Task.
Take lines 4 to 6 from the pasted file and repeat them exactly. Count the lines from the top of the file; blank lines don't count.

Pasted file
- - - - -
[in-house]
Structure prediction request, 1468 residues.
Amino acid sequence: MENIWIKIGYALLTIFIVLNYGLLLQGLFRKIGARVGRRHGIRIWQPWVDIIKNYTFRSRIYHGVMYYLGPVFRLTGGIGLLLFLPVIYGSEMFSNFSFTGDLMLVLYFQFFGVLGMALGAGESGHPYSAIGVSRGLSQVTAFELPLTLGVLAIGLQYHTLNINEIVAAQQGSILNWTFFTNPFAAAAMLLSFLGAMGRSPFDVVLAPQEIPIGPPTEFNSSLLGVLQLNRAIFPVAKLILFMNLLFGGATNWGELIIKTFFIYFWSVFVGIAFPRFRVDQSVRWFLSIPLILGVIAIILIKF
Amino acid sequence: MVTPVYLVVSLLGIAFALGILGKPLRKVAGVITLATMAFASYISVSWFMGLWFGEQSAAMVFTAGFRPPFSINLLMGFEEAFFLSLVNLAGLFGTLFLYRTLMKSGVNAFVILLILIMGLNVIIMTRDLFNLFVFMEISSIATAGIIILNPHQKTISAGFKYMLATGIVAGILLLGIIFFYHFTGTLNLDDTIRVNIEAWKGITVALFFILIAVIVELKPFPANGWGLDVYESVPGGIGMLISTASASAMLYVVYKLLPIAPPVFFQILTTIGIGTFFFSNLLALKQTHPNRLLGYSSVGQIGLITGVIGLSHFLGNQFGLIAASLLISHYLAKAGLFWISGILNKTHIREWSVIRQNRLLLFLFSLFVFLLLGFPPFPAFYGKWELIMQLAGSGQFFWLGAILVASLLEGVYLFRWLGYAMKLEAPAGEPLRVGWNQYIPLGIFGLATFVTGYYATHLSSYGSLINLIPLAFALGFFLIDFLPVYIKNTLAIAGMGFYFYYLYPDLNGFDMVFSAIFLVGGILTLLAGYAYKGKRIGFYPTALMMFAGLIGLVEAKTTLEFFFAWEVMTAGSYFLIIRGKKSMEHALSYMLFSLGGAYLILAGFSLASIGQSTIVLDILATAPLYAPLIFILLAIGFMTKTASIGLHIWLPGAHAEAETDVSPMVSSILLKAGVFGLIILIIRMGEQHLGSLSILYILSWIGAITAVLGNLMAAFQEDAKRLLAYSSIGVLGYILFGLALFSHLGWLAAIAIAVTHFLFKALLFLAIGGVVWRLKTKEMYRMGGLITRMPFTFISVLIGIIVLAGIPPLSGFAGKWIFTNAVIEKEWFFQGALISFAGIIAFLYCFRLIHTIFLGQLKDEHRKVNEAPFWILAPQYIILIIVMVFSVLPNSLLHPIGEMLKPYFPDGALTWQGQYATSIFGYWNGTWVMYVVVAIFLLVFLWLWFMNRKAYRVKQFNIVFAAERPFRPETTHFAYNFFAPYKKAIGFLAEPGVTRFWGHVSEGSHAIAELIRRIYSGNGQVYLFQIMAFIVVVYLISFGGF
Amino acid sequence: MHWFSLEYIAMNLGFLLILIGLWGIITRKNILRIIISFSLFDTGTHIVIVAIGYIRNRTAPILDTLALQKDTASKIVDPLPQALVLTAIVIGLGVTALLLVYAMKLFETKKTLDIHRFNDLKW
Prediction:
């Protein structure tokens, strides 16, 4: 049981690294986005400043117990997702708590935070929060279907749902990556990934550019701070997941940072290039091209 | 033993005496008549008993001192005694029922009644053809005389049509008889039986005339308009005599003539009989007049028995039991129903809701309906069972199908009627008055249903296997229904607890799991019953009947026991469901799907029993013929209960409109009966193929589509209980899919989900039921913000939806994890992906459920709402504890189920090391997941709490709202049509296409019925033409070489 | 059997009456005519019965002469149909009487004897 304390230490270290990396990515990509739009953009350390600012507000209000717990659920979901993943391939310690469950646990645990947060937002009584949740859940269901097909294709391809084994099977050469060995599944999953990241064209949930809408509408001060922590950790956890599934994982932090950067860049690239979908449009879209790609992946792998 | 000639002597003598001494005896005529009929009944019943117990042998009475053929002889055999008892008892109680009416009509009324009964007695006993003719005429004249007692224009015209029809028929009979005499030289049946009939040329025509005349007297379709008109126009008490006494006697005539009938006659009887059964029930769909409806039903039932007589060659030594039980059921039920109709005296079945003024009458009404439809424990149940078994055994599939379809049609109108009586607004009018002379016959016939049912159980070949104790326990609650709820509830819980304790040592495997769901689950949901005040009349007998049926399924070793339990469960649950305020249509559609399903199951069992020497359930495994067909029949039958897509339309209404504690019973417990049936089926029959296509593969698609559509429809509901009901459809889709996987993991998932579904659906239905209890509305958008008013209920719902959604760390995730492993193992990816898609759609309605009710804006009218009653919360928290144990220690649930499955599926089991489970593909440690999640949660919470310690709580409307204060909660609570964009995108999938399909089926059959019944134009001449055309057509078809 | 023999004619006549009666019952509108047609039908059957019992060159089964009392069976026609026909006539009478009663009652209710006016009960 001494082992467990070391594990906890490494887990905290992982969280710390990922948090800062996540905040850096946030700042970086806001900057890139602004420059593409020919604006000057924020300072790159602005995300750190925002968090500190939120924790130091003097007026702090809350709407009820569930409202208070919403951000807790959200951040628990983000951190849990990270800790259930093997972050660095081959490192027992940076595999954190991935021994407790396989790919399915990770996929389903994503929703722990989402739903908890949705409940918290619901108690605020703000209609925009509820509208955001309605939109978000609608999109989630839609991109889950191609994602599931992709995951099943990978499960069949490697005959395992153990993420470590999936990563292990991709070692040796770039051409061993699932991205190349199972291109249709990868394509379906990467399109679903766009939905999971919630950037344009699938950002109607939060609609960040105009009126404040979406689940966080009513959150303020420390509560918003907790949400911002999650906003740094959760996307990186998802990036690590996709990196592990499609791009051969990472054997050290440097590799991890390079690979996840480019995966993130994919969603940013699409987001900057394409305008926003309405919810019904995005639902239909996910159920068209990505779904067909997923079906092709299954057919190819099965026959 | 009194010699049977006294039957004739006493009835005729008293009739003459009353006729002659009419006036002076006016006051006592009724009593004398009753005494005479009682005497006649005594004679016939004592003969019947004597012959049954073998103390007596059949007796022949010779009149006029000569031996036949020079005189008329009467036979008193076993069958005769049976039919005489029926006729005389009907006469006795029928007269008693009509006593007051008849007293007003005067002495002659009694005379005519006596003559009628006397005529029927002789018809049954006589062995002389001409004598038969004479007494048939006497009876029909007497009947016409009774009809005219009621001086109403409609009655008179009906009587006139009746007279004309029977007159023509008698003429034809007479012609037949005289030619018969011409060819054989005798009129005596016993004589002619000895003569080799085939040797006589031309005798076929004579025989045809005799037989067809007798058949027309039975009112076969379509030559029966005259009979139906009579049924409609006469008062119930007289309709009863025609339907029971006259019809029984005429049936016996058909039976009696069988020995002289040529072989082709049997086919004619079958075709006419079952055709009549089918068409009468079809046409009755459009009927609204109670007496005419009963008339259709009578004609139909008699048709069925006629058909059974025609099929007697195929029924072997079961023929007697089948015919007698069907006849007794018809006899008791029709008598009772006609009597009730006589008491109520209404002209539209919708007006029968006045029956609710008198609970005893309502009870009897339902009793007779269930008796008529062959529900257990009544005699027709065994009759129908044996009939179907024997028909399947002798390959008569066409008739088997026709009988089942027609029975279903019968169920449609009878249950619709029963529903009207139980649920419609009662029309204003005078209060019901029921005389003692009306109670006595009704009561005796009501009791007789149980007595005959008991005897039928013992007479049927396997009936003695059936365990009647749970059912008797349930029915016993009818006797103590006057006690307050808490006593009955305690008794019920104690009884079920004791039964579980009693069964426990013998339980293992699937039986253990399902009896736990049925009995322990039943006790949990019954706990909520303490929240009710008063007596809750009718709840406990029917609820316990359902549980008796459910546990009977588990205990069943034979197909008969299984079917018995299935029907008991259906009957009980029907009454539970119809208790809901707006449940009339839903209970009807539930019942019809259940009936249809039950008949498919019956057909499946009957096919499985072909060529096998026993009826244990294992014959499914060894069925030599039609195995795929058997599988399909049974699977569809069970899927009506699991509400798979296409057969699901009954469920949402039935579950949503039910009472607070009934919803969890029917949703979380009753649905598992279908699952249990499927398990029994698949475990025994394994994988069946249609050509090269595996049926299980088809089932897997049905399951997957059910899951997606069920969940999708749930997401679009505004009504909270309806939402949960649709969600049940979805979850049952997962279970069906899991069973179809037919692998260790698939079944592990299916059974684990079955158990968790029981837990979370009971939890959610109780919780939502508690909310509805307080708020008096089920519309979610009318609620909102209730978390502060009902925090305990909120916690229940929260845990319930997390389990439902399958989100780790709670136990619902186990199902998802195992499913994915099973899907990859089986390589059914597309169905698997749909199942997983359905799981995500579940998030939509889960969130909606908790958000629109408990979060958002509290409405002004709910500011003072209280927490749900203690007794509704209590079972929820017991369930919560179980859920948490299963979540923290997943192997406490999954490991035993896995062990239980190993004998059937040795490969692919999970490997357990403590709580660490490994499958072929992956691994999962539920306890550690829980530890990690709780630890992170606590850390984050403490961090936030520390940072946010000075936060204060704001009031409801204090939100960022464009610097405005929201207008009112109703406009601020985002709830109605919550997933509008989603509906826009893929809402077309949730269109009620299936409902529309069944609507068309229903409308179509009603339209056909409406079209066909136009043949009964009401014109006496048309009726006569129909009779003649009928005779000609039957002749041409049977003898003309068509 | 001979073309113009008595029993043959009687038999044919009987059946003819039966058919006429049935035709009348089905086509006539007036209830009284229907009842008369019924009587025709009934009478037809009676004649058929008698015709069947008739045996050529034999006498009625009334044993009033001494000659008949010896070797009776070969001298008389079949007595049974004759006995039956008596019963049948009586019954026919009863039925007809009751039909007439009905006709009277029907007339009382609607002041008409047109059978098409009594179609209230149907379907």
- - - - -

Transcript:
Amino acid sequence: MVTPVYLVVSLLGIAFALGILGKPLRKVAGVITLATMAFASYISVSWFMGLWFGEQSAAMVFTAGFRPPFSINLLMGFEEAFFLSLVNLAGLFGTLFLYRTLMKSGVNAFVILLILIMGLNVIIMTRDLFNLFVFMEISSIATAGIIILNPHQKTISAGFKYMLATGIVAGILLLGIIFFYHFTGTLNLDDTIRVNIEAWKGITVALFFILIAVIVELKPFPANGWGLDVYESVPGGIGMLISTASASAMLYVVYKLLPIAPPVFFQILTTIGIGTFFFSNLLALKQTHPNRLLGYSSVGQIGLITGVIGLSHFLGNQFGLIAASLLISHYLAKAGLFWISGILNKTHIREWSVIRQNRLLLFLFSLFVFLLLGFPPFPAFYGKWELIMQLAGSGQFFWLGAILVASLLEGVYLFRWLGYAMKLEAPAGEPLRVGWNQYIPLGIFGLATFVTGYYATHLSSYGSLINLIPLAFALGFFLIDFLPVYIKNTLAIAGMGFYFYYLYPDLNGFDMVFSAIFLVGGILTLLAGYAYKGKRIGFYPTALMMFAGLIGLVEAKTTLEFFFAWEVMTAGSYFLIIRGKKSMEHALSYMLFSLGGAYLILAGFSLASIGQSTIVLDILATAPLYAPLIFILLAIGFMTKTASIGLHIWLPGAHAEAETDVSPMVSSILLKAGVFGLIILIIRMGEQHLGSLSILYILSWIGAITAVLGNLMAAFQEDAKRLLAYSSIGVLGYILFGLALFSHLGWLAAIAIAVTHFLFKALLFLAIGGVVWRLKTKEMYRMGGLITRMPFTFISVLIGIIVLAGIPPLSGFAGKWIFTNAVIEKEWFFQGALISFAGIIAFLYCFRLIHTIFLGQLKDEHRKVNEAPFWILAPQYIILIIVMVFSVLPNSLLHPIGEMLKPYFPDGALTWQGQYATSIFGYWNGTWVMYVVVAIFLLVFLWLWFMNRKAYRVKQFNIVFAAERPFRPETTHFAYNFFAPYKKAIGFLAEPGVTRFWGHVSEGSHAIAELIRRIYSGNGQVYLFQIMAFIVVVYLISFGGF
Amino acid sequence: MHWFSLEYIAMNLGFLLILIGLWGIITRKNILRIIISFSLFDTGTHIVIVAIGYIRNRTAPILDTLALQKDTASKIVDPLPQALVLTAIVIGLGVTALLLVYAMKLFETKKTLDIHRFNDLKW
Prediction: